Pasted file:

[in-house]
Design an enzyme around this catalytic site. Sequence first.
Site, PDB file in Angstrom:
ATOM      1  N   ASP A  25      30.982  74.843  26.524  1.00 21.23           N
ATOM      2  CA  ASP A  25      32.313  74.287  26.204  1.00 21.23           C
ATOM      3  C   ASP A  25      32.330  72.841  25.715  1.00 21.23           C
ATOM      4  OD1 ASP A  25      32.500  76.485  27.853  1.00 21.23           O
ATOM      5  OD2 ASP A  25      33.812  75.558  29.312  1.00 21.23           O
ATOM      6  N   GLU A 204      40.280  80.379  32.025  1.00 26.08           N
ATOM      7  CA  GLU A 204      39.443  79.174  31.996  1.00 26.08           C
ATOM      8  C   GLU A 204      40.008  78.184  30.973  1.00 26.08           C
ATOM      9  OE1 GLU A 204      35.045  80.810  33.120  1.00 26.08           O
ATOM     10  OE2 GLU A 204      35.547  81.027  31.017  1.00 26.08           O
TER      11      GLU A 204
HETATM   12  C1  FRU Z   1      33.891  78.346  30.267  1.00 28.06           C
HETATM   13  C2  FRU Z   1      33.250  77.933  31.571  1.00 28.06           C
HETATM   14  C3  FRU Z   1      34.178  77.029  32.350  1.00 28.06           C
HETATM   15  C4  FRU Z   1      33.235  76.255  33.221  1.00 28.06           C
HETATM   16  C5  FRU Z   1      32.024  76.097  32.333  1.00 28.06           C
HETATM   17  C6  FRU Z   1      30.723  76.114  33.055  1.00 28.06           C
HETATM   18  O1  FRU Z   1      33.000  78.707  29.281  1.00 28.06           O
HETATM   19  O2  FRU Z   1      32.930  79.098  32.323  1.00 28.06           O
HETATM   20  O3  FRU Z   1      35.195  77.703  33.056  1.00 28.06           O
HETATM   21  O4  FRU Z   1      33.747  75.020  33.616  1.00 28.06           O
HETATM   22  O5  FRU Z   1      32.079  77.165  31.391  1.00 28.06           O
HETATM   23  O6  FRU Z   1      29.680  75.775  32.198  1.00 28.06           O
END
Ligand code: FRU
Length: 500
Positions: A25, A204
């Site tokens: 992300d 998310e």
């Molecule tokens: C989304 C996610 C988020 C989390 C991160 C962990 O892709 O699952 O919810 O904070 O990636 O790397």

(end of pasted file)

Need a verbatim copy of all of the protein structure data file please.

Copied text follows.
[in-house]
Design an enzyme around this catalytic site. Sequence first.
Site, PDB file in Angstrom:
ATOM      1  N   ASP A  25      30.982  74.843  26.524  1.00 21.23           N
ATOM      2  CA  ASP A  25      32.313  74.287  26.204  1.00 21.23           C
ATOM      3  C   ASP A  25      32.330  72.841  25.715  1.00 21.23           C
ATOM      4  OD1 ASP A  25      32.500  76.485  27.853  1.00 21.23           O
ATOM      5  OD2 ASP A  25      33.812  75.558  29.312  1.00 21.23           O
ATOM      6  N   GLU A 204      40.280  80.379  32.025  1.00 26.08           N
ATOM      7  CA  GLU A 204      39.443  79.174  31.996  1.00 26.08           C
ATOM      8  C   GLU A 204      40.008  78.184  30.973  1.00 26.08           C
ATOM      9  OE1 GLU A 204      35.045  80.810  33.120  1.00 26.08           O
ATOM     10  OE2 GLU A 204      35.547  81.027  31.017  1.00 26.08           O
TER      11      GLU A 204
HETATM   12  C1  FRU Z   1      33.891  78.346  30.267  1.00 28.06           C
HETATM   13  C2  FRU Z   1      33.250  77.933  31.571  1.00 28.06           C
HETATM   14  C3  FRU Z   1      34.178  77.029  32.350  1.00 28.06           C
HETATM   15  C4  FRU Z   1      33.235  76.255  33.221  1.00 28.06           C
HETATM   16  C5  FRU Z   1      32.024  76.097  32.333  1.00 28.06           C
HETATM   17  C6  FRU Z   1      30.723  76.114  33.055  1.00 28.06           C
HETATM   18  O1  FRU Z   1      33.000  78.707  29.281  1.00 28.06           O
HETATM   19  O2  FRU Z   1      32.930  79.098  32.323  1.00 28.06           O
HETATM   20  O3  FRU Z   1      35.195  77.703  33.056  1.00 28.06           O
HETATM   21  O4  FRU Z   1      33.747  75.020  33.616  1.00 28.06           O
HETATM   22  O5  FRU Z   1      32.079  77.165  31.391  1.00 28.06           O
HETATM   23  O6  FRU Z   1      29.680  75.775  32.198  1.00 28.06           O
END
Ligand code: FRU
Length: 500
Positions: A25, A204
């Site tokens: 992300d 998310e």
């Molecule tokens: C989304 C996610 C988020 C989390 C991160 C962990 O892709 O699952 O919810 O904070 O990636 O790397």